In honor of the new Vult Jorus (@modlfo’s new Juno6 chorus module), I present you with a 24-bit recording of the Roland Juno60’s chorus noise. The Juno6/60 chorus is notoriously noisy, and most gearheads who bought a Juno60 back before VSTs almost immediately bought an audio gate to get rid of the chorus noise when no notes were playing.
Now, in the digital future, we cherish the imperfection of analog gear, including the noise. So I recorded the noise my Juno60 chorus makes, filtered out the 60 cycle hum, and made three samples: Chorus I, Chorus II, and Chorus I+II.
I also crossfaded the ends of the loops so that you can play it looped.
Right, and it’s great to have the noise isolated so nicely; many thanks! I’m actually going to try it on a track soon.
buuuuut Jorus has adjustable speed and these samples are (necessarily) locked to the set I/II/I+II LFOs, so there’s that… Plus there may be interesting interactions between the incoming signal and the noise floor. And (if this is what @modlfo meant by “quantization”) I’d love a 256BBD (MN3009) option; Jorus, per the excellent docs, is modeled after a Juno-circuit pedal using 1024BBD (MN3007 or MN3207) which is going to have rather different–in some ways “better”–characteristics.
Obviously you’re right and modeling this stuff isn’t necessary! But I’m with @TroubledMind philosophically; the more weird, imperfect, surprising options that analog-modeled plugins have the better, as far as I’m concerned. I love how noisy and unpredictable BBDs are; about half of my (small) hardware modular rack is BBDs, so hearing that Leonardo had considered modeling the weirder aspects of a BBD chorus made my ears pick up.
In the (possibly eternal) meantime, Jorus is awesome and the looped noise samples are great to have, so thanks again to you both!
Here’s the full story. I have a full model of the BBD using 256 stages. But as you may imagine, a full model consumes quite some CPU. So I had an idea on how to get a close solution that would approximate the effect of the signal going through the BBD, considering that the signal is being “re-sampled”.
I had two options, make the chorus from scratch and taking some weeks designing, building, fixing the board, plus waiting for weeks until the MN3009 and MN3101 chips arrive… or buying a chorus pedal and use it to make the measures and get the BBD chips out.
I ended up buying a guitar pedal. But it turns out that the pedal used BBD chips of 1024 stages from CoolAudio. After making the measurements of the BBD I found practically no re-sampling effects in the audio signal. This is because the signal is being run through the BBD in a range from of ~100kHz to ~300Khz. After running the network analyzer, only signals above ~50 kHz were being attenuated. The only effect I could measure was saturation of large signals. The BBD chip it quite good, which from the modeling point of view is a bit underwhelming.
I ordered some MN3009 and MN3101 pairs. But they will take some weeks to be shipped. Once they arrive, I will try to measure the effects and check how my efficient solution stands.
For now, it’s time to move to other projects. Being Jorus a free plugin I’m not sure if I will spend many days more on it.
Thanks for the writeup, @modlfo! I find analog modeling at the level you do it endlessly fascinating.
I have a few of the Doepfer A-188-1s (all with MN300xs, not MN320xs) and I’ve found it very interesting to play with the aural differences of different chips clocked to the same delay time (i.e. a 256 at 1/4 the clock speed of a 1024). I’ll be very interested to see your rather more disciplined analysis if you get a chance to do it! It amuses me that better/more linear is often “worse” for modeling…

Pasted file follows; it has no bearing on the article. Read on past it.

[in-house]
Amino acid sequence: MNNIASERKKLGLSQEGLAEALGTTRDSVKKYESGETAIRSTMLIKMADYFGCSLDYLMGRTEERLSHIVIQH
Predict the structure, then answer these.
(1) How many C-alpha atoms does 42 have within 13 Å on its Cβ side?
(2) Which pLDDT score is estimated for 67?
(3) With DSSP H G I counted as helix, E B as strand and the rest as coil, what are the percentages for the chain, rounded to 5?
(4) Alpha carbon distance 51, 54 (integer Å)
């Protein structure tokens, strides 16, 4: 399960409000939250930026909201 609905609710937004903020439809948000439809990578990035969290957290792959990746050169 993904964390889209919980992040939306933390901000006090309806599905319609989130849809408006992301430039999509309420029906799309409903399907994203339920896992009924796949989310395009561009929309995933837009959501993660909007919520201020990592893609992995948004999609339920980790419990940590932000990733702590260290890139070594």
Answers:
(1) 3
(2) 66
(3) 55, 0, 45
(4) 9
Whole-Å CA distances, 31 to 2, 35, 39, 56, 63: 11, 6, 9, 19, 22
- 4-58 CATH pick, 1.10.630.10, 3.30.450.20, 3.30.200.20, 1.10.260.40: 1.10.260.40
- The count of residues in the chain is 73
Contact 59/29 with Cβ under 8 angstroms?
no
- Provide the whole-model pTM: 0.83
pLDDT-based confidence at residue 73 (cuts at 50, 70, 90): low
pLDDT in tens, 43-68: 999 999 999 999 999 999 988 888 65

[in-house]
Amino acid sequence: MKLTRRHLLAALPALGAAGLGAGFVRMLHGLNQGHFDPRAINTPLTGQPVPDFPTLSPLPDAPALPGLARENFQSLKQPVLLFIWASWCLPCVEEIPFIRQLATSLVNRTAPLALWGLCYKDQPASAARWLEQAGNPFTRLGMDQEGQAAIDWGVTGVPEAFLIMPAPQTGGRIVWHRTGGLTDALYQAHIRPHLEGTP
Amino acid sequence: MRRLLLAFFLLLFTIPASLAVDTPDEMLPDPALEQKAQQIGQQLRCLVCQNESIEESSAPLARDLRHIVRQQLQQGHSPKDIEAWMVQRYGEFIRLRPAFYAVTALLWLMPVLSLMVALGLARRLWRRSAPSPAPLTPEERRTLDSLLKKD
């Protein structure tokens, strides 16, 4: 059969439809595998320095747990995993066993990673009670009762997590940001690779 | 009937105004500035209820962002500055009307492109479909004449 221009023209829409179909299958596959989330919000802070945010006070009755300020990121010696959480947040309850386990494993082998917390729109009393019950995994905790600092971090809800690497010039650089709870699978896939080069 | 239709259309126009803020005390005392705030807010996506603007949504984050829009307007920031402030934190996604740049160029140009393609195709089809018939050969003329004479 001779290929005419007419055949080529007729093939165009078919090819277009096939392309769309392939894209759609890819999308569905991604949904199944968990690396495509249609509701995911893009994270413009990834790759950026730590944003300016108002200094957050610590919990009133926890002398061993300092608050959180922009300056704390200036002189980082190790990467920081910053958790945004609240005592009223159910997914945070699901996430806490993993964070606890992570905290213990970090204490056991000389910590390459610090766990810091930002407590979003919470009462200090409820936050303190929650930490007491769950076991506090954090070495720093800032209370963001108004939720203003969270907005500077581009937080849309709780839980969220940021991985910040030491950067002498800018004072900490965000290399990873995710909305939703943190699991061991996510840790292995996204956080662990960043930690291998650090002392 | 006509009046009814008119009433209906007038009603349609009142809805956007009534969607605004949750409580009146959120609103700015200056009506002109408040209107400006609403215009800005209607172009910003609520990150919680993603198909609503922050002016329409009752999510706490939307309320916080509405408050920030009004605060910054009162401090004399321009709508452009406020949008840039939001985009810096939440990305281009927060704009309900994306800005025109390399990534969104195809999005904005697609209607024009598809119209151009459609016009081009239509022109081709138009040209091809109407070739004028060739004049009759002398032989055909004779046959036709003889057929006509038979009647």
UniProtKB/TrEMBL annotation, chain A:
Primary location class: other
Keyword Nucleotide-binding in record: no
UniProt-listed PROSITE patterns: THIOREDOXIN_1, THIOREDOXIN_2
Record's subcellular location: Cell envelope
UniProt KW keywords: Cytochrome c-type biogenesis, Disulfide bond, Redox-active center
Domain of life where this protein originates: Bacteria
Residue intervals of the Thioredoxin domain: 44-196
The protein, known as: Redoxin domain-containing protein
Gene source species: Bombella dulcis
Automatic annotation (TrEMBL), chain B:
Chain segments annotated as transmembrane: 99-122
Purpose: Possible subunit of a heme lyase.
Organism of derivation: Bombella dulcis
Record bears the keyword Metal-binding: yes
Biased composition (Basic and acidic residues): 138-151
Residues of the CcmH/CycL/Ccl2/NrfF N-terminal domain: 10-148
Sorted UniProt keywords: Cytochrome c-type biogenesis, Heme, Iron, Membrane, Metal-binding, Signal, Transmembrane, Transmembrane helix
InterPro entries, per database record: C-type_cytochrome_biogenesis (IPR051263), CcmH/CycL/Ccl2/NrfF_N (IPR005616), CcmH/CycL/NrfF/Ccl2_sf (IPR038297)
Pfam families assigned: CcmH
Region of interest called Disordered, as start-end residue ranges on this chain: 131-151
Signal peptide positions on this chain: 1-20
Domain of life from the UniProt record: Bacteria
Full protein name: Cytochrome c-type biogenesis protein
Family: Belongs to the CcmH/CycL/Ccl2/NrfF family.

From context I’m guessing that the pedal was the TC June60? I think I remember reading that they were using V3207s instead of MN3009s. The trend these days definitely seems to be avoiding shorter BBD lines even for chorus and flange. I’ve sometimes wondered if shorter lines were used in older circuits because they were easier to make than longer lines, or because higher clock speeds were harder to generate back then, or for other reasons.
And by the way, I would certainly not want my weird noise/BBD modeling suggestions to dissuade you from moving on to other projects
ohh it’s a shame that I didn’t find the Doepfer BBD modules before getting the TC pedal. I bought the pedal because one of the reviewers said “as far as I can tell it’s pretty much a part-for-part clone”. The pedal sounds good. But I hope my small improvements in Jorus compensate for the lack of noise.
The Doepfers are fantastic but it can be hard to find them with MN300xs (instead of MN320xs) mounted and factory calibrated. The circuitry is the same and the re-calibration process for switching BBD length or switching from 30s to 32s is pretty simple.
But I hope my small improvements in Jorus compensate for the lack of noise.
I think that for almost all of your users almost all of the time (myself included ) the lack of noise is one of those improvements! Really looking forward to trying it out, Leonardo. Thanks as always for all of the wonders that you’ve brought to Rack.
I mean, I haven’t tried the module yet but from the docs it looks like what @carbon14 said; that’s pretty standard behaviour for HW devices that have M=>S or S=>S modes.
If you want it in mono, just run into L (or R) and take the L (or R) output, ignoring the other side.
If you want it to stereoize a mono signal (which was the core application of the chorus in the original Juno 60), do in L and out L/R.
If you want it in stereo (or dual mono), do in L/R and out L/R.
There’s not usually a use case (that I know of) where you want to plug in L and out L/R but have nothing come out of the R jack. But if you really want that, just deadpatch in R (i.e. plug it into a module that’s not outputting any signal) and it’ll override the normalization.